A low-quality first half provided very little to get excited about until 40th minute when goalkeeper Joe Lumley was beaten to the ball out wide as he flew out of his area, but Matt Doherty miscued his eventual effort as he shot over the empty net.

It was hardly the precursor to a second-half onslaught, however, with Boro the next to go close in the 53rd minute through a free Matt Crooks header that went over.

Spurs finally tested Lumley just before the hour, the goalkeeper preventing Eric Dier's 30-yard free-kick from finding the top-right corner, and Kane had a goal disallowed from the resulting corner after tugging a defender's shirt.

Chances began to flow for both sides towards the end of regulation time, with Paddy McNair's last-ditch challenge denying Steven Bergwijn, while Lumley and Hugo Lloris made crucial saves from Isaiah Jones and Son Heung-min, respectively.

Extra time beckoned and not only did Boro look sharp at the back, they carved Spurs open with 107 minutes played, Coburn smashing beyond the helpless Lloris.

Phil Foden was inspired by Lionel Messi in his assist for Jack Grealish at Peterborough United, according to the Manchester City goalscorer.

Foden assisted both goals in City's 2-0 FA Cup win on Tuesday as they reached the quarter-finals of the competition for the fifth time in six seasons under Pep Guardiola.

A pass under pressure to Riyad Mahrez led to the breakthrough on the hour mark, but Foden's ball for Grealish really caught the eye.

His pinpoint delivery was controlled expertly by Grealish, who finished calmly before revealing time spent watching clips of Paris Saint-Germain superstar Messi had helped the pair.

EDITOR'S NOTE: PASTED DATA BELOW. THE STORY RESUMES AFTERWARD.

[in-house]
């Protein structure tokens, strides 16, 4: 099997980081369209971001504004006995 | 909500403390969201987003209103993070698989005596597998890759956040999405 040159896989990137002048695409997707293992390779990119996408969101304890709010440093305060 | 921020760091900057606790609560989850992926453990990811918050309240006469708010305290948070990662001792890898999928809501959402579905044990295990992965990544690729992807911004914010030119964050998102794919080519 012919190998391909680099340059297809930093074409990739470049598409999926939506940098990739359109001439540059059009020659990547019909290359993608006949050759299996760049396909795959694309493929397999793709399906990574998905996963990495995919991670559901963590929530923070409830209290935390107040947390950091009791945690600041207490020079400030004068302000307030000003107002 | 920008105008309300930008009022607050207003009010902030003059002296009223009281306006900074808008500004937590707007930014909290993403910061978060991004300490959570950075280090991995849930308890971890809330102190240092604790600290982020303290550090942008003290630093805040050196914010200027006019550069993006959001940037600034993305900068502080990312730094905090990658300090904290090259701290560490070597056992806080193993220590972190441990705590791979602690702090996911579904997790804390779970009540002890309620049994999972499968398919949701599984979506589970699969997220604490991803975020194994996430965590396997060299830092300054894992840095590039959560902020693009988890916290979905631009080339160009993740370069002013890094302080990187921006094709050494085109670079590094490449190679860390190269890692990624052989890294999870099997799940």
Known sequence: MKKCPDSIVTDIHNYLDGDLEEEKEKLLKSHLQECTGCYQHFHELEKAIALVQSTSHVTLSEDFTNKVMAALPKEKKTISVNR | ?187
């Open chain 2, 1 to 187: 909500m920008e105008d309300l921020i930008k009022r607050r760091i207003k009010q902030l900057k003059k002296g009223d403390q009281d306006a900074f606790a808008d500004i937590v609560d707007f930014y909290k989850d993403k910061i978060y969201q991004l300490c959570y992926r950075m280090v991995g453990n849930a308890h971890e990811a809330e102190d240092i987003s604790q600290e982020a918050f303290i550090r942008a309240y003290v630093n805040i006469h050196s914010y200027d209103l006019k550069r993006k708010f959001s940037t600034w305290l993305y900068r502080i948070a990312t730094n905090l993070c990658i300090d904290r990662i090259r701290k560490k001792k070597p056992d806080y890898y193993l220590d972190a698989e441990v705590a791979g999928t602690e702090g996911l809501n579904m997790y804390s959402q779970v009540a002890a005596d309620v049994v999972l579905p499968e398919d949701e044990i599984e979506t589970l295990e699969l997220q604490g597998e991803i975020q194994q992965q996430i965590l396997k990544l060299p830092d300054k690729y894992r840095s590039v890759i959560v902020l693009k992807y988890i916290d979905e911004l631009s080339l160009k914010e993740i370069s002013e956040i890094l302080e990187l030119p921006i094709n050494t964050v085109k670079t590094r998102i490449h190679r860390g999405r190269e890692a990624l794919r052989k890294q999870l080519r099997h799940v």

"[The pass was] unbelievable," Grealish told ITV.

"It's funny – before the game, on the coach on the way here, I sit next to Phil, and I was scrolling through Twitter and a video of Messi came up, and it was Messi's passing. Me and Phil were just watching it.

"As soon as he passed that ball, obviously I scored and he came running over to me and said, 'It was just like what we were watching before the game'. Just like Messi, wasn't it?

"Obviously I have that kind of link-up with Phil. It's been a long time coming, because I don't think he's assisted me yet, but it was a good moment for myself."

The goal was Grealish's first in the FA Cup and only his fourth in a City shirt, although Guardiola had spoken before the match of disregarding "the statistics" when it came to his £100million man.

That theme has clearly been consistent in conversations between player and coach, although Grealish finished with a game-high five chances created.

"I expect more," he said. "I want to get a lot more, but I've been speaking with the manager a lot recently and he's been helping me.

"I want to get goals and assists, but he has said to me it's not all about goals and assists. I've played in a lot of big games this season that the manager's trusted me in that I haven't scored or assisted in, but I feel like I've done alright.

"For me personally, obviously I do want to get more goals and assists, but hopefully that will come now for the big part of the season."